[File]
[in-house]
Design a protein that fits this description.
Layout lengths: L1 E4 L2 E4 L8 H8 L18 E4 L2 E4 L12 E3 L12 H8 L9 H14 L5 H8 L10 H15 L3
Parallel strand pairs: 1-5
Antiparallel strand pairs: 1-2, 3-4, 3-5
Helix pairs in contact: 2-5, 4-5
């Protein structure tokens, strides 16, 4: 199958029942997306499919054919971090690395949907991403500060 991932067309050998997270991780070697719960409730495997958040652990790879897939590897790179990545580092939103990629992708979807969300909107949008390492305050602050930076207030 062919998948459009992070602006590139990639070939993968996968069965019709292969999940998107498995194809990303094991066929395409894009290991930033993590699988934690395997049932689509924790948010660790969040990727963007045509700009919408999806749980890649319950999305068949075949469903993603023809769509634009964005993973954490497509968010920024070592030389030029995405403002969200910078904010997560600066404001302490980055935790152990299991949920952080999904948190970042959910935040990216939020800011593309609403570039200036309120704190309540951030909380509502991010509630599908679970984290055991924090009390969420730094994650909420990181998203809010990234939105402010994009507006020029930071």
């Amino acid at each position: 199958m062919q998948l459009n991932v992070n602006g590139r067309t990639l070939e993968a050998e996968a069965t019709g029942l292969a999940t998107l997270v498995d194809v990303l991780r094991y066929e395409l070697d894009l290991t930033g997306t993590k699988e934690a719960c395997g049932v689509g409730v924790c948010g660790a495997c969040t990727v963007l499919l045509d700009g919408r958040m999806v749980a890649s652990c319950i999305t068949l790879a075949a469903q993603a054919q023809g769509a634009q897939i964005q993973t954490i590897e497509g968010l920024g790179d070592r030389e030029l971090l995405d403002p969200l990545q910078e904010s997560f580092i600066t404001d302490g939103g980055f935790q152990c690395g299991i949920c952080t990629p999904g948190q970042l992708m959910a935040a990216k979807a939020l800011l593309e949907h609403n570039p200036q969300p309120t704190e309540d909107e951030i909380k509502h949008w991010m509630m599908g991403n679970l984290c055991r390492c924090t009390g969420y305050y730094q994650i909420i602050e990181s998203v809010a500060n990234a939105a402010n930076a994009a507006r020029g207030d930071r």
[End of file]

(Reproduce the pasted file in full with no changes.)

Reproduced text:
[in-house]
Design a protein that fits this description.
Layout lengths: L1 E4 L2 E4 L8 H8 L18 E4 L2 E4 L12 E3 L12 H8 L9 H14 L5 H8 L10 H15 L3
Parallel strand pairs: 1-5
Antiparallel strand pairs: 1-2, 3-4, 3-5
Helix pairs in contact: 2-5, 4-5
């Protein structure tokens, strides 16, 4: 199958029942997306499919054919971090690395949907991403500060 991932067309050998997270991780070697719960409730495997958040652990790879897939590897790179990545580092939103990629992708979807969300909107949008390492305050602050930076207030 062919998948459009992070602006590139990639070939993968996968069965019709292969999940998107498995194809990303094991066929395409894009290991930033993590699988934690395997049932689509924790948010660790969040990727963007045509700009919408999806749980890649319950999305068949075949469903993603023809769509634009964005993973954490497509968010920024070592030389030029995405403002969200910078904010997560600066404001302490980055935790152990299991949920952080999904948190970042959910935040990216939020800011593309609403570039200036309120704190309540951030909380509502991010509630599908679970984290055991924090009390969420730094994650909420990181998203809010990234939105402010994009507006020029930071």
């Amino acid at each position: 199958m062919q998948l459009n991932v992070n602006g590139r067309t990639l070939e993968a050998e996968a069965t019709g029942l292969a999940t998107l997270v498995d194809v990303l991780r094991y066929e395409l070697d894009l290991t930033g997306t993590k699988e934690a719960c395997g049932v689509g409730v924790c948010g660790a495997c969040t990727v963007l499919l045509d700009g919408r958040m999806v749980a890649s652990c319950i999305t068949l790879a075949a469903q993603a054919q023809g769509a634009q897939i964005q993973t954490i590897e497509g968010l920024g790179d070592r030389e030029l971090l995405d403002p969200l990545q910078e904010s997560f580092i600066t404001d302490g939103g980055f935790q152990c690395g299991i949920c952080t990629p999904g948190q970042l992708m959910a935040a990216k979807a939020l800011l593309e949907h609403n570039p200036q969300p309120t704190e309540d909107e951030i909380k509502h949008w991010m509630m599908g991403n679970l984290c055991r390492c924090t009390g969420y305050y730094q994650i909420i602050e990181s998203v809010a500060n990234a939105a402010n930076a994009a507006r020029g207030d930071r």